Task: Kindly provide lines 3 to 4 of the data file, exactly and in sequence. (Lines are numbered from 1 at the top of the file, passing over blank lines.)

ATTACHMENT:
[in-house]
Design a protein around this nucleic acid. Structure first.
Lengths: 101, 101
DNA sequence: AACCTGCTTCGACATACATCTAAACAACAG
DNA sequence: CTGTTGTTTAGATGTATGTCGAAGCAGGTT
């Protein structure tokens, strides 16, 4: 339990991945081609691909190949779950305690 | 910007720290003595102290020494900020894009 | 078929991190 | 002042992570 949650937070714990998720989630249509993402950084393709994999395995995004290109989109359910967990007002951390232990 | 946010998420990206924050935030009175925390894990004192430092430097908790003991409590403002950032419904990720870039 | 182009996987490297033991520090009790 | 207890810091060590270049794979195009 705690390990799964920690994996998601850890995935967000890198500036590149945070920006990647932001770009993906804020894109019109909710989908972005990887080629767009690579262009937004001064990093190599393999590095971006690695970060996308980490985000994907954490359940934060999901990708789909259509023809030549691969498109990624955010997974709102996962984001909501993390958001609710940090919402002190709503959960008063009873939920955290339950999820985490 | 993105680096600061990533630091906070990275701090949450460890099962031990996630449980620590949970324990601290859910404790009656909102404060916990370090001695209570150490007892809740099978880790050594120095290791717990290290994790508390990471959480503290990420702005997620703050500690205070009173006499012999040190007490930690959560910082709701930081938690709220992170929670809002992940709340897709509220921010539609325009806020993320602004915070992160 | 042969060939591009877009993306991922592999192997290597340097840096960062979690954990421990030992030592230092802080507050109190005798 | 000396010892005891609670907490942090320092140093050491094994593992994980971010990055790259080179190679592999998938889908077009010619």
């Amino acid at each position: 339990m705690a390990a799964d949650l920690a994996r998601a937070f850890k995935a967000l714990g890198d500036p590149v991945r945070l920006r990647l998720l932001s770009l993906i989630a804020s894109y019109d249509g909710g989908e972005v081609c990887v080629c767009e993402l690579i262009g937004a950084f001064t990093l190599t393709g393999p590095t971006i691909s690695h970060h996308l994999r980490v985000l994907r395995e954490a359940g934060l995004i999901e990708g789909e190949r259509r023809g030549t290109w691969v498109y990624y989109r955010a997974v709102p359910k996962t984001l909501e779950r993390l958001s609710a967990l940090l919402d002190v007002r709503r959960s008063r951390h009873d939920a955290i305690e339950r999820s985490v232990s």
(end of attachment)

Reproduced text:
Lengths: 101, 101
DNA sequence: AACCTGCTTCGACATACATCTAAACAACAG